Criminal Justice News

After 48 years behind bars, Glynn Simmons celebrates freedom from 1974 murder case: Glynn R. Simmons is ready to get on with living his life. Once sentenced to death, Simmons is finally free from a 1974 murder case after an Oklahoma County judge on Tuesday dismissed charges against him at the request of prosecutors. [Tulsa World]

Housing & Economic Opportunity

Opinion: Poverty is a foe that can undermine children’s growth, lifelong well-being: Two recent studies show Oklahomans are struggling with poverty levels above the national average. A report released this month by the U.S. Census Bureau validated another report released earlier this year, the Kids Count Data Report, issued by the Annie E. Casey Foundation. [Joe Dorman / The Oklahoman]

Economy & Business News

Oklahoma ranked among top states for job resignation rates: Oklahoma has been ranked as the fifth-highest state in the country in job resignation rates, according to a national personal finance company. The state had 3.4% of workers leave their jobs last month and 3.06% of workers leave their jobs in the last year, according to WalletHub. [Tulsa World]

Education News

Legal fight over Oklahoma Catholic charter school draws help from national groups: The two sides squaring off over public funding for a Catholic charter school in Oklahoma have lawyered up. Already, 27 attorneys from six states and Washington, D.C., have signed on for the battle, which is in Oklahoma County now but may ultimately head to the U.S. Supreme Court. Several of the attorneys represent national groups that have been fighting in courts for decades over church-state issues. The Oklahoma case offers them a chance to test the question of whether a publicly funded Christian school would be an arm of the state — a “state actor,” in the legal parlance. The answer could have impacts well beyond Oklahoma’s borders. [The Oklahoman]

Lack of Rules Let Elite School Ignore Sexual Harassment and Bullying of Students: Following an Oklahoma Watch investigation into how the Oklahoma School of Science and Mathematics ignored female employees’ reports of sexual harassment and discrimination, former students of the school came forward with stories of how the misogynistic and toxic culture permeated their experiences, too. The school has operated for three decades without an employee handbook or agency rules prohibiting sexual harassment or abuse. [Oklahoma Watch]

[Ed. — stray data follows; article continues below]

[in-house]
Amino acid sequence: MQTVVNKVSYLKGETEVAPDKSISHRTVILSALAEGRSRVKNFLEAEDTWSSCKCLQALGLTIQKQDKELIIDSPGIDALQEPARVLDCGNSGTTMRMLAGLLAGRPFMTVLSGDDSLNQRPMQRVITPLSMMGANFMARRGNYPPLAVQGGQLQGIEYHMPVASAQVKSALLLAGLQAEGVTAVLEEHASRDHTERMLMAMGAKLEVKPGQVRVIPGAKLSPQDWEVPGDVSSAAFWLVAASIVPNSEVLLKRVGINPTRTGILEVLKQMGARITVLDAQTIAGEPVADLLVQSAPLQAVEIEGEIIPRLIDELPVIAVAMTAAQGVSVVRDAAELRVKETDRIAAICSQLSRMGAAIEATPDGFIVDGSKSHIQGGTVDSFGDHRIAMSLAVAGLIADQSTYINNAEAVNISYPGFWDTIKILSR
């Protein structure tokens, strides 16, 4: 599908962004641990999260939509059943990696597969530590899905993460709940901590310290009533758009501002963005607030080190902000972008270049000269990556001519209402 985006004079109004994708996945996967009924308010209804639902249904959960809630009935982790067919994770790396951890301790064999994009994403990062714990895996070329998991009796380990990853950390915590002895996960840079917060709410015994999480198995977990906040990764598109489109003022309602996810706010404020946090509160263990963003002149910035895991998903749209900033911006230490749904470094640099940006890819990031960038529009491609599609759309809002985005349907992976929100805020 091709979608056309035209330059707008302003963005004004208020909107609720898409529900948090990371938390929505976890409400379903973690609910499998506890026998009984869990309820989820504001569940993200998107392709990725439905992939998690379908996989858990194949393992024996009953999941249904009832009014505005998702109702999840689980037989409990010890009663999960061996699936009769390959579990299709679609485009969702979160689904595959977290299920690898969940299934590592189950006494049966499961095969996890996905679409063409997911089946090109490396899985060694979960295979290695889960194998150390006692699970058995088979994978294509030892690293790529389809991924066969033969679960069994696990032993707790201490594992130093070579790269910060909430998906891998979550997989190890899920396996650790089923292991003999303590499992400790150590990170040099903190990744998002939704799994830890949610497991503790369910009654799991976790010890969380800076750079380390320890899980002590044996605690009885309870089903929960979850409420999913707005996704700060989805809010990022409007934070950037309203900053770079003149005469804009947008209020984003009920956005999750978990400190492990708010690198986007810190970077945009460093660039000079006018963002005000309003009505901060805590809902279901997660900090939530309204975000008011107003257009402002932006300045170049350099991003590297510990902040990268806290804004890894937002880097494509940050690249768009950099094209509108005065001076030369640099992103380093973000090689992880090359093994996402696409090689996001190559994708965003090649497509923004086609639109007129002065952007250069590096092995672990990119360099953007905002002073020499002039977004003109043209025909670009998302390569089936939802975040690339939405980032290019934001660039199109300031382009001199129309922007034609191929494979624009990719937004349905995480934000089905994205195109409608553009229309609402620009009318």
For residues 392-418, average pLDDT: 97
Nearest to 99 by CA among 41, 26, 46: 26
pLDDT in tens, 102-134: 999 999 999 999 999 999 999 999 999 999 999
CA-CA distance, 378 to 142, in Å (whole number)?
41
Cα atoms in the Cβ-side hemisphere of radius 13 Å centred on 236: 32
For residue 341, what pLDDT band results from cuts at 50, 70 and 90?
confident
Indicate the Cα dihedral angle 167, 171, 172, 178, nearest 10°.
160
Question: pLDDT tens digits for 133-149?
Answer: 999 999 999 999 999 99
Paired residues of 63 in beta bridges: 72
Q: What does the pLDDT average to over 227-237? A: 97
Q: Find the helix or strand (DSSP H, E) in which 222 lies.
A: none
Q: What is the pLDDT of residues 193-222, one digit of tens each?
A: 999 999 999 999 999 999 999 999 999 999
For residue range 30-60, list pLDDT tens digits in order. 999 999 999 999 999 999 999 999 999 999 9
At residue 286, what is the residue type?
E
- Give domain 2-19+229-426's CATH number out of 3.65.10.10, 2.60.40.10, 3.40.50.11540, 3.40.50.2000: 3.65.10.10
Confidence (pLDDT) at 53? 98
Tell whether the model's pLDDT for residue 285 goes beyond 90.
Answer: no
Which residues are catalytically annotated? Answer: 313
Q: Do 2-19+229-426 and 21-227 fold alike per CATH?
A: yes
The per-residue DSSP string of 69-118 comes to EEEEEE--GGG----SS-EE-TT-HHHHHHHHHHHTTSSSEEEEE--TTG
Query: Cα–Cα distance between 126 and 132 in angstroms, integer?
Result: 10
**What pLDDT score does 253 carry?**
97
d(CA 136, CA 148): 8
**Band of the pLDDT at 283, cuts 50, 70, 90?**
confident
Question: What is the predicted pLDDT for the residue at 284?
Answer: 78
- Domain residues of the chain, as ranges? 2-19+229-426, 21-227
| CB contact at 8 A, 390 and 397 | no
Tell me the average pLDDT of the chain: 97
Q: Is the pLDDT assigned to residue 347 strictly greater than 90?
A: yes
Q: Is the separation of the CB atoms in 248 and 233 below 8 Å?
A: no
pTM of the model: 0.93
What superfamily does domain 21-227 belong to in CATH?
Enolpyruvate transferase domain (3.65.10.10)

Opinion: Oklahoma’s missed opportunity to strengthen Langston and higher education: After Oklahoma statehood in 1907, the racist tradition of providing less funding to Langston University (Oklahoma’s only Historically Black College and University) continued in an effort to ensure the continued subordination of Black students to white students in higher education. Oklahoma was no outlier in this respect. With the exception of Ohio and Delaware, every state that created institutions for racially segregated higher education underfunded their HBCUs compared to their public institutions for whites only. [Carla D. Pratt / The Oklahoman

General News

In 10 years serving Tulsa’s homeless, City Lights finds ‘everybody has something to give’: From the start of City Lights’ Night Light Tulsa program, which serves homeless people, the goal has been to create a community not of clients but of “friends and neighbors.” With City Lights marking its 10th anniversary Sept. 19, staff and supporters have been reflecting on all the opportunities they’ve had to give and to serve — and the many more that no doubt lie ahead. [Tulsa World]